Causes of Alzheimer’s Disease

The cause of Alzheimer’s is still unclear. Research into causes and treatments is ongoing, with different medical organizations looking into different potential causes. What we do know is that there is a breakdown of function within the brain for various reasons. It is believed that some of the causes of dementia and Alzheimer’s itself may be due to genetic factors. If a person’s family members had it, they are at a higher risk of developing it themselves.

In Alzheimer’s disease, it is more common that it develops as a component of the aging process. Changes in the neurons, which do the work of the brain, begin to occur. Neurons may be damaged, making it so they cannot connect and communicate as they did. Many times, a neuron’s condition will worsen so much so that it eventually dies. As more neurons die it can cause permanent neurological problems.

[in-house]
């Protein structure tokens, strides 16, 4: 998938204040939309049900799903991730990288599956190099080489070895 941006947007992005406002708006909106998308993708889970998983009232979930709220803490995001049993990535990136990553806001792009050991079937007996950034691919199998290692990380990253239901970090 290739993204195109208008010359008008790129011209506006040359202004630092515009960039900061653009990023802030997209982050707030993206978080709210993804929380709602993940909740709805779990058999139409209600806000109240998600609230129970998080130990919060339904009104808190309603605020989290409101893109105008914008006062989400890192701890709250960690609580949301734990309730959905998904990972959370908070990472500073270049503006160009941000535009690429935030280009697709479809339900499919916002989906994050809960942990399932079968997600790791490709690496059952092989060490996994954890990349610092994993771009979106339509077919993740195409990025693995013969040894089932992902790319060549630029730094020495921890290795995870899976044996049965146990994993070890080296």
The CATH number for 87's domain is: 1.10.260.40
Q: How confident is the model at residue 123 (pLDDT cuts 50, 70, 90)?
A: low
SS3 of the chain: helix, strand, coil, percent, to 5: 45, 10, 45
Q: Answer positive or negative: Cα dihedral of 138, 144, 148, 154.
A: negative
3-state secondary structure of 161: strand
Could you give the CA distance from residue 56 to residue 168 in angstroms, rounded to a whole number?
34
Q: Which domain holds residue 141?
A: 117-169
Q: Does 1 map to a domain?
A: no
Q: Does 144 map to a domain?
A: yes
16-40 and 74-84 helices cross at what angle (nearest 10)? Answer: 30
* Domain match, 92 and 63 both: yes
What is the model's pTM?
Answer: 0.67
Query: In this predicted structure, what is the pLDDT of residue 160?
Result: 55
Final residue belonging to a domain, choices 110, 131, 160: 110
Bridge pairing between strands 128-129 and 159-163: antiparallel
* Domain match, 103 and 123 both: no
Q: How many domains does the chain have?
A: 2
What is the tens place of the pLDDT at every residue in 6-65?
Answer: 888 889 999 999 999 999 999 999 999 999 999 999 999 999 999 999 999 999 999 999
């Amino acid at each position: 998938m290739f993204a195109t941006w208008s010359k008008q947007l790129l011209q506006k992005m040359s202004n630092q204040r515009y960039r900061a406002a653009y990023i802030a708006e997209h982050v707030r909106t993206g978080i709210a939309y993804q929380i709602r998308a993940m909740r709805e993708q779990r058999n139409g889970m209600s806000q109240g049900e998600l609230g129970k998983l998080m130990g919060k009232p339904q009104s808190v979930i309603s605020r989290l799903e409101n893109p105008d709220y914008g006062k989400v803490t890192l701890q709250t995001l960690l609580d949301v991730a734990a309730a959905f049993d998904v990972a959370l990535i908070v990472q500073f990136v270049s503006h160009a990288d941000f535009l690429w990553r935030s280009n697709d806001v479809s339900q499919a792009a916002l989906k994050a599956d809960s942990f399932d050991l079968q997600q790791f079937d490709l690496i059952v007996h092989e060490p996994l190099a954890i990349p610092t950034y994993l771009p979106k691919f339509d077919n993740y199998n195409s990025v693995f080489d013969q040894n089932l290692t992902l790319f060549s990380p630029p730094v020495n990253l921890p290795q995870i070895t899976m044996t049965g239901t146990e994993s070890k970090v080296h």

It is believed that there are at least two types of problems that lead to this. The first is plaque development. Beta-amyloid, a protein that’s often left over from biological functions, begins to build in the brain. The plaques cluster together to create a damaging effect on the neurons and stop them from working properly.

The second problem is the development of tangles in the brain. Tau proteins, which are typically responsible for transporting nutrients and essential materials to the cells, become damaged. As they become unstable they tangle together inside of neurons, creating a stoppage of the flow of information through the brain.